Cry to the Wind

About the Book

An epic story of life and death amid the turbulent years of the Victorian gold rush, narrated by the three main characters, Adam, Joey and Tom.

Adam, recently widowed and suffering from melancholia, sets out on an overland journey from Sydney in 1847 with his two young sons. Still grieving on his arrival in Melbourne, he leaves the boys in the care of friends and embarks on a further quest to mend his heart

Finally returning to Melbourne, he begins working for Joey Gower as the manager of her new hotel at St Kilda. Joey and Adam first met years before and Joey is hopeful of rekindling their brief affair. However, her plans are thwarted when Adam is forced to return to Sydney. He later returns to Melbourne and purchases a rural property in the Dandenong Ranges but loses everything in the Black Thursday bushfires of 1851. His melancholia recurs.

With Victoria attaining its statehood and the gold rush gaining momentum, Joey puts her energy into further expanding her growing empire, opening a string of general stores and two hotels in the goldfields, while Adam enters the transport business with Freeman Cobb.

As Joey spends more time in Ballarat, she meets an American entrepreneur, Bart Montgomery, and her subsequent pregnancy has calamitous consequences for both herself and Adam.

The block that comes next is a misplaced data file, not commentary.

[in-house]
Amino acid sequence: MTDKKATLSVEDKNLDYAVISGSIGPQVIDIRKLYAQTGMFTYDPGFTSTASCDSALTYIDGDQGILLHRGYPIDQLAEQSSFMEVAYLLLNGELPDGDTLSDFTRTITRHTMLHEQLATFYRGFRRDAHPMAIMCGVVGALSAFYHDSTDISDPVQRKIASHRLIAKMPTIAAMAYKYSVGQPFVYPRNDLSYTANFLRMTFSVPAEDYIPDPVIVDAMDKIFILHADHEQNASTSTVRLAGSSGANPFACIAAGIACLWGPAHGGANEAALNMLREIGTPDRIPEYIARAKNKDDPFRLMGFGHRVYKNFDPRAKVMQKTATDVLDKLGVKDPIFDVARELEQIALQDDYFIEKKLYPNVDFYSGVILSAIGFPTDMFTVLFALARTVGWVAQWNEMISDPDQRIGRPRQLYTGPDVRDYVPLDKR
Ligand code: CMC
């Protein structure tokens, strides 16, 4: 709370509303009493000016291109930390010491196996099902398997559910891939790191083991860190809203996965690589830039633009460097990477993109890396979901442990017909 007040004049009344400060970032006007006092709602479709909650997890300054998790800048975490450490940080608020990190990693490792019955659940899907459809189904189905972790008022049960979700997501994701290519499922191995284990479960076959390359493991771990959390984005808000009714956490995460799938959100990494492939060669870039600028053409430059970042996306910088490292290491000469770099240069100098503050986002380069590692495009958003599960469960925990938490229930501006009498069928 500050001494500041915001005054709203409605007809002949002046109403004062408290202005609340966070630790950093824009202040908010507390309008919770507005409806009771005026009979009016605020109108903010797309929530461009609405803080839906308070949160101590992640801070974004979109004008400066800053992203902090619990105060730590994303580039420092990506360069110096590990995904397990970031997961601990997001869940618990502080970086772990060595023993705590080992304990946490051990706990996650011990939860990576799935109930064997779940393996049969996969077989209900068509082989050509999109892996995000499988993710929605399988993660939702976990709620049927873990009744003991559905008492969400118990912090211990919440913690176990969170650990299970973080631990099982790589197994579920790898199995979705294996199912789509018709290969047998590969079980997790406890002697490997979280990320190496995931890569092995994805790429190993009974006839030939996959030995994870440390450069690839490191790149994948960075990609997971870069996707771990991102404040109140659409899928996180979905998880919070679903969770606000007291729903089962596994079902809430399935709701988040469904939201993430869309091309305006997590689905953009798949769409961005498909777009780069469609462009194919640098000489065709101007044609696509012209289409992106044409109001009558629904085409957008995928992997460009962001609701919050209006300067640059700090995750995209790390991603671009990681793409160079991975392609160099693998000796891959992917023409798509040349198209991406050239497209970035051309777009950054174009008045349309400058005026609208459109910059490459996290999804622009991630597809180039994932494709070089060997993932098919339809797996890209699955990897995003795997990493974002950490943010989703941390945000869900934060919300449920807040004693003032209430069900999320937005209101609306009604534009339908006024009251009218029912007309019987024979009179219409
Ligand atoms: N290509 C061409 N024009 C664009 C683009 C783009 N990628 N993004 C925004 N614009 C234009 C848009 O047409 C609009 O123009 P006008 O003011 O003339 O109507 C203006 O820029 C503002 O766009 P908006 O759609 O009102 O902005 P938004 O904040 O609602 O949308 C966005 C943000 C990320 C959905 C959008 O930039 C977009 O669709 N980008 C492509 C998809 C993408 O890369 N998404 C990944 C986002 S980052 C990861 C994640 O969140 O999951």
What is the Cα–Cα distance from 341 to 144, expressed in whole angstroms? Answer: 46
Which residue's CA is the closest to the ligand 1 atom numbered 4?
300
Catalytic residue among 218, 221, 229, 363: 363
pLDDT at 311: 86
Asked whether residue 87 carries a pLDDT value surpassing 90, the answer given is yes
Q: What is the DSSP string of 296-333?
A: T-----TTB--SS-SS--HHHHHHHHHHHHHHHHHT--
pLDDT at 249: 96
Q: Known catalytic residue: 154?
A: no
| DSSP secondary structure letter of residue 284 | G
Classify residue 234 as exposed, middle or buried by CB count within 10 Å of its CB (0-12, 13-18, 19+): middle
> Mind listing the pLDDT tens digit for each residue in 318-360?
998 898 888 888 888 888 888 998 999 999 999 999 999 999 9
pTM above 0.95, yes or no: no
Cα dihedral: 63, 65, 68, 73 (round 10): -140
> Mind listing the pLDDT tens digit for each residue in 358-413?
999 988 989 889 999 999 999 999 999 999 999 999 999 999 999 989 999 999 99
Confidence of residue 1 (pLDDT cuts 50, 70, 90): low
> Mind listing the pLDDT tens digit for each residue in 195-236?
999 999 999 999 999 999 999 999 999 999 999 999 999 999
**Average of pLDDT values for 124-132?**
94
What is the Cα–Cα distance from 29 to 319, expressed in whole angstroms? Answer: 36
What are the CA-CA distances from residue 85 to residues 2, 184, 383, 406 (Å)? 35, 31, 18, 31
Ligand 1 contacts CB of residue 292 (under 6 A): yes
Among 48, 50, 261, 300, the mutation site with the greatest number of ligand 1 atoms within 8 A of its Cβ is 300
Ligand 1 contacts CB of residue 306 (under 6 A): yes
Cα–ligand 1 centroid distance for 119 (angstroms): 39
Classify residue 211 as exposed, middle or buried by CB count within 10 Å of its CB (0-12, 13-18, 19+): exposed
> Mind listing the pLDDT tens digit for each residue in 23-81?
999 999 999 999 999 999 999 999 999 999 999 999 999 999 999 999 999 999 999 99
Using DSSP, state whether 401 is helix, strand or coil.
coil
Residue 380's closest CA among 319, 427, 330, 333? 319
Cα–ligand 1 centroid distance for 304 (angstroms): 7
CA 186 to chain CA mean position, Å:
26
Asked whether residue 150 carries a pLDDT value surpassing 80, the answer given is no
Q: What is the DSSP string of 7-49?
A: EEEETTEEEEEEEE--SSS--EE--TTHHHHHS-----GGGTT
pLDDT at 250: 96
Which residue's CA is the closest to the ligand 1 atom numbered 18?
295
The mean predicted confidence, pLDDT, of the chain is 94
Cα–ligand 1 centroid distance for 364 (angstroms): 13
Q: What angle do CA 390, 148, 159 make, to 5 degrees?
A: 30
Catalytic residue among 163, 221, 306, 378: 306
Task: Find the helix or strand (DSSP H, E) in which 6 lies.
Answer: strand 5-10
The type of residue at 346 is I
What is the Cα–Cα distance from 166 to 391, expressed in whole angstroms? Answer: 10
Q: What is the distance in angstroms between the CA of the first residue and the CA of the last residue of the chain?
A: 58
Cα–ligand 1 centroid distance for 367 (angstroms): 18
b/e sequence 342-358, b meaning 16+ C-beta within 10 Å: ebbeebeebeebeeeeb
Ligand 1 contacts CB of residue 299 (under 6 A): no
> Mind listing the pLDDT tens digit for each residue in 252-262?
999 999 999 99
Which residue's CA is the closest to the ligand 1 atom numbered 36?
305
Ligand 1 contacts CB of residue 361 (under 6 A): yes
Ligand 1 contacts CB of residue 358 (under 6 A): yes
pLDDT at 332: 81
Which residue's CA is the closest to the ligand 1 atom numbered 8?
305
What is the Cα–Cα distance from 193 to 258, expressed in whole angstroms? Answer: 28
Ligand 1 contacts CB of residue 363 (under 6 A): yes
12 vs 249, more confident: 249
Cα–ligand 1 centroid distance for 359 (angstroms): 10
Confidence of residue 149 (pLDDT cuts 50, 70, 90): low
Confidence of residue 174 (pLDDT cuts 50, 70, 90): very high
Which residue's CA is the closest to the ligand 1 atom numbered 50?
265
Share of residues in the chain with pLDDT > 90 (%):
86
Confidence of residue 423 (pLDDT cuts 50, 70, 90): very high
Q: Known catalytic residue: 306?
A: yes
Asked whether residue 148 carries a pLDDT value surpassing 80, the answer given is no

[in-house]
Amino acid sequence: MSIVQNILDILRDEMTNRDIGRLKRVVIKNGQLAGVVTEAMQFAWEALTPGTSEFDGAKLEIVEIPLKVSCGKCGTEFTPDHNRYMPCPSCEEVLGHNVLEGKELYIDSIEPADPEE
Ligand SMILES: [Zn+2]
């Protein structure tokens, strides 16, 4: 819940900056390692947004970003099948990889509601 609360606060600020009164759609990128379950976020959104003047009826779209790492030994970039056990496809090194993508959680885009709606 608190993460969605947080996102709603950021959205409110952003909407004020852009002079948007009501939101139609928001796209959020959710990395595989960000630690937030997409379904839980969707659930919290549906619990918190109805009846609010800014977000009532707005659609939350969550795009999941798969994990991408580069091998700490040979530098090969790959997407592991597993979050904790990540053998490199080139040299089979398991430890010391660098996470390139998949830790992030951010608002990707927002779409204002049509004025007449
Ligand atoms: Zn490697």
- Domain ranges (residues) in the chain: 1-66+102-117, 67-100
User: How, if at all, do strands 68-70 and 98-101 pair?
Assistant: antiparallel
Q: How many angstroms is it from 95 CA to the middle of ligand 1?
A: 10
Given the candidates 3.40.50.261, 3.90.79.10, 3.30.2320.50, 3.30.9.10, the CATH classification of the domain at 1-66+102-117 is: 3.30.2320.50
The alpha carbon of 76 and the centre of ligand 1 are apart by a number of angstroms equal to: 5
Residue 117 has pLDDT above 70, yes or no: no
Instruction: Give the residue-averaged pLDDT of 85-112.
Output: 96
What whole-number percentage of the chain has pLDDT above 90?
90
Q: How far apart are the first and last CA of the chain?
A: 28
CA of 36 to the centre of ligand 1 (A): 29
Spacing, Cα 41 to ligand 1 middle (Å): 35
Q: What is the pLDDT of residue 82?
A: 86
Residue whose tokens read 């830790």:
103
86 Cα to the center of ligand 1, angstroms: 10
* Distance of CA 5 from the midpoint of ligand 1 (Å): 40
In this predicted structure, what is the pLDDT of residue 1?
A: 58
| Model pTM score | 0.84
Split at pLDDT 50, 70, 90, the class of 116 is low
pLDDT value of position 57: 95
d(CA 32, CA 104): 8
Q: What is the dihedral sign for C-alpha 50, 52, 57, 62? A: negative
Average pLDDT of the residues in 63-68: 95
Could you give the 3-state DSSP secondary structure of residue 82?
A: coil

Other Adult Books by Dell that you may like…

A Brummy's Backyard
As the lumbering jet swoops low over the grey, legoland housing rows that surround Heathrow Airport, the story of the author’s year of living in England begins. Recipients of a teaching exchange, Australians Dell and John are bound for schools in the West Midlands, and find that things are quite different in Brummyland.
The story of two young women determined to live outside the confines of the Victorian Age and who have a lasting impact on the fledgling town of Melbourne.
Penny Taylor, from London’s East End, finds herself part of the struggling Hapless family, living in a caravan park in the Illawarra on the south coast of New South Wales. She is kept busy with three young children, two of whom belong to Dudley Hapless, her present partner and a professional basketball player with the Hawks.
The Weif is a sweeping story of servitude and the struggle for freedom, of the law and its cruel inequities, of the privations and harshness of a rugged new land and of a brother and sister’s fragile home on life during the tumultuous early years of settlement in Australia.
Kit Markham’s world turns upside down when Jack, the boy she always believed she would marry, turns out to be her half-brother. At sixteen, feisty and headstrong, she leaves her home in Melbourne and flees to England. The year is 1855.
Stina caught the excitement spreading like wildfire amongst the passengers. The Friedeburg had anchored in Moreton Bay and the long and uneventful voyage was finally over.
A group of mates from the Sydney suburb of Botany answer the call from king and country and go away to fight in the first world war. Far from the adventure they imagined, the five years of the conflict bring challenge, fear and loss but also lighter moments and some unexpected romance.
The Northern Territory was a harsh and demanding place in 1920 when Charles Dalton becomes the new boss-man on a remote cattle station. He must work with blacks, half-castes and coloureds to get things done and his colonial attitudes risk him losing everything.